Getting started is easy

Nurses can join Twitter for free. They simply go onto and set up a profile. As with other networking sites, there are ways to pay, if, for example, you want a fancier profile background than what Twitter offers for free.

Setting up the profile involves creating a name, or handle. “You can set up an account anonymously,” Lopez said. “You can give as much or as little information about yourself as you want.”

Lopez warns, however, the anonymity only goes so far. People can track you down, even with very little information. “Then, if your goal is to get followers, find people in your area of interest, follow them, and re-tweet [or share]tweets of theirs that you find interesting,” said Brody, whose handle is abbrody.

According to Brody, Tweeters can engage with people or groups by replying to them. “Once you have started to build a following, adding more of your own content will help to boost your following further, as will joining in a chat such as the RNchat or HPMchat (hospice and palliative medicine chat),” he said.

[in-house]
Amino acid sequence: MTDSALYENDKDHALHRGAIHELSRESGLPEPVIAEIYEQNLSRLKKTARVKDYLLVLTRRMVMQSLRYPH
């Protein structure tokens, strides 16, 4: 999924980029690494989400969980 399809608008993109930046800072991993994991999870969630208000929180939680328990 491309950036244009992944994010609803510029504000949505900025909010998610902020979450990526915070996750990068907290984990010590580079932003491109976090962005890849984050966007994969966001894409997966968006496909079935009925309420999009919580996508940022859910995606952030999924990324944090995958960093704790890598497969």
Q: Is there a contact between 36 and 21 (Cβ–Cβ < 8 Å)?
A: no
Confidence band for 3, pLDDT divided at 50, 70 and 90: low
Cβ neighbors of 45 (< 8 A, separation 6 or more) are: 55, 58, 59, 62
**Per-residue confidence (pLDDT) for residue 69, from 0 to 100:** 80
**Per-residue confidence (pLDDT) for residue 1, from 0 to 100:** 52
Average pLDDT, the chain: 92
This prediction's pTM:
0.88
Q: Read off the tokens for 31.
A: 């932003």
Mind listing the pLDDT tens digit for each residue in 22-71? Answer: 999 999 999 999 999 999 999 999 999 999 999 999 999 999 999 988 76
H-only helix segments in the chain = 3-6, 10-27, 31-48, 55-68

Tweeters use the hashtag (#) as a way to flag key words within a Tweet. Iyer cites examples of using #ptsafety, to find content related to patient safety, or #nurse, for nursing.

“There’s a whole group of hashtags, and anyone can make [them]or search for tweets that have a particular hashtag in them,” Iyer said.

If nurses want to find or mention someone in particular, they would put the @ sign in front of the person’s handle. In Iyer’s case, it would be @avoidmederrors.

Put in as much or as little time as you feel appropriate. There is no way to keep up with everything on Twitter, Lopez said.

And keep things interesting, Tweeters agree. “Everyone makes fun of beginning Tweeters who tweet things like: ‘I’m walking to the refrigerator to get a tuna fish sandwich.’ [Instead,] share something meaningful that is going to bring value to other people who are going to be reading the tweet,” Iyer said.


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Lisette Hilton is a freelance writer. Send letters to or post a comment below.